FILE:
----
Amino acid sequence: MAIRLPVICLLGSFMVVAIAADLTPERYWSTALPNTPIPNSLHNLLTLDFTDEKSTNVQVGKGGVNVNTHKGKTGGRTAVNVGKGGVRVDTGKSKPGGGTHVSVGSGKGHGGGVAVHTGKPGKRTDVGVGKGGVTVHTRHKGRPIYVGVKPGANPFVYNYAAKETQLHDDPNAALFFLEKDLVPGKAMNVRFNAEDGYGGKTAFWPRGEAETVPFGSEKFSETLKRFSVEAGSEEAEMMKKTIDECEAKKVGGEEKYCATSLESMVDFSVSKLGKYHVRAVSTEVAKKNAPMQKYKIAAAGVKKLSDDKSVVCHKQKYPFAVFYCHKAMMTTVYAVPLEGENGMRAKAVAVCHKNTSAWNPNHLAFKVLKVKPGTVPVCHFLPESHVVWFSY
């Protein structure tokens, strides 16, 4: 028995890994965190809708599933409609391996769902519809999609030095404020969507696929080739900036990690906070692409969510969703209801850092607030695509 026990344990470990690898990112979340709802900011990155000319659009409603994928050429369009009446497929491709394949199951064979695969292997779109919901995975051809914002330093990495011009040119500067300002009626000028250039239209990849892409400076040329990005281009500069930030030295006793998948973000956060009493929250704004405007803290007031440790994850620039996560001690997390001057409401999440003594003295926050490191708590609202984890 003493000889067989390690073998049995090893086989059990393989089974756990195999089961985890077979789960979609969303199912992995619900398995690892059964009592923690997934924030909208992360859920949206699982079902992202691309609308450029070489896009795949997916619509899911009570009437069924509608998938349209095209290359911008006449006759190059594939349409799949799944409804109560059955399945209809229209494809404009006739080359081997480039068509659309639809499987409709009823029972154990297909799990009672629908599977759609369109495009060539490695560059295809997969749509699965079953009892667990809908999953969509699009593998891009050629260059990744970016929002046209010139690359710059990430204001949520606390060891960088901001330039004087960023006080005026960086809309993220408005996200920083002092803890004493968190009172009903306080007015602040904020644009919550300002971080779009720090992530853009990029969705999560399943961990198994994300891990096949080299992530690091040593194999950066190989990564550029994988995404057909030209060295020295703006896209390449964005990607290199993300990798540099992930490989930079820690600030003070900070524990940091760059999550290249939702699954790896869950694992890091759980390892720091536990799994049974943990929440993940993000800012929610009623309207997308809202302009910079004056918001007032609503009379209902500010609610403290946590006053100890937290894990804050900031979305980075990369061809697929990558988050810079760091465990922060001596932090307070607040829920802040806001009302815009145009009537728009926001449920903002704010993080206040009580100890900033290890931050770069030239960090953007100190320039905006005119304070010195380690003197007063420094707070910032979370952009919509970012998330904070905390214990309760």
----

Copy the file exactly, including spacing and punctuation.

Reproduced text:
Amino acid sequence: MAIRLPVICLLGSFMVVAIAADLTPERYWSTALPNTPIPNSLHNLLTLDFTDEKSTNVQVGKGGVNVNTHKGKTGGRTAVNVGKGGVRVDTGKSKPGGGTHVSVGSGKGHGGGVAVHTGKPGKRTDVGVGKGGVTVHTRHKGRPIYVGVKPGANPFVYNYAAKETQLHDDPNAALFFLEKDLVPGKAMNVRFNAEDGYGGKTAFWPRGEAETVPFGSEKFSETLKRFSVEAGSEEAEMMKKTIDECEAKKVGGEEKYCATSLESMVDFSVSKLGKYHVRAVSTEVAKKNAPMQKYKIAAAGVKKLSDDKSVVCHKQKYPFAVFYCHKAMMTTVYAVPLEGENGMRAKAVAVCHKNTSAWNPNHLAFKVLKVKPGTVPVCHFLPESHVVWFSY
């Protein structure tokens, strides 16, 4: 028995890994965190809708599933409609391996769902519809999609030095404020969507696929080739900036990690906070692409969510969703209801850092607030695509 026990344990470990690898990112979340709802900011990155000319659009409603994928050429369009009446497929491709394949199951064979695969292997779109919901995975051809914002330093990495011009040119500067300002009626000028250039239209990849892409400076040329990005281009500069930030030295006793998948973000956060009493929250704004405007803290007031440790994850620039996560001690997390001057409401999440003594003295926050490191708590609202984890 003493000889067989390690073998049995090893086989059990393989089974756990195999089961985890077979789960979609969303199912992995619900398995690892059964009592923690997934924030909208992360859920949206699982079902992202691309609308450029070489896009795949997916619509899911009570009437069924509608998938349209095209290359911008006449006759190059594939349409799949799944409804109560059955399945209809229209494809404009006739080359081997480039068509659309639809499987409709009823029972154990297909799990009672629908599977759609369109495009060539490695560059295809997969749509699965079953009892667990809908999953969509699009593998891009050629260059990744970016929002046209010139690359710059990430204001949520606390060891960088901001330039004087960023006080005026960086809309993220408005996200920083002092803890004493968190009172009903306080007015602040904020644009919550300002971080779009720090992530853009990029969705999560399943961990198994994300891990096949080299992530690091040593194999950066190989990564550029994988995404057909030209060295020295703006896209390449964005990607290199993300990798540099992930490989930079820690600030003070900070524990940091760059999550290249939702699954790896869950694992890091759980390892720091536990799994049974943990929440993940993000800012929610009623309207997308809202302009910079004056918001007032609503009379209902500010609610403290946590006053100890937290894990804050900031979305980075990369061809697929990558988050810079760091465990922060001596932090307070607040829920802040806001009302815009145009009537728009926001449920903002704010993080206040009580100890900033290890931050770069030239960090953007100190320039905006005119304070010195380690003197007063420094707070910032979370952009919509970012998330904070905390214990309760």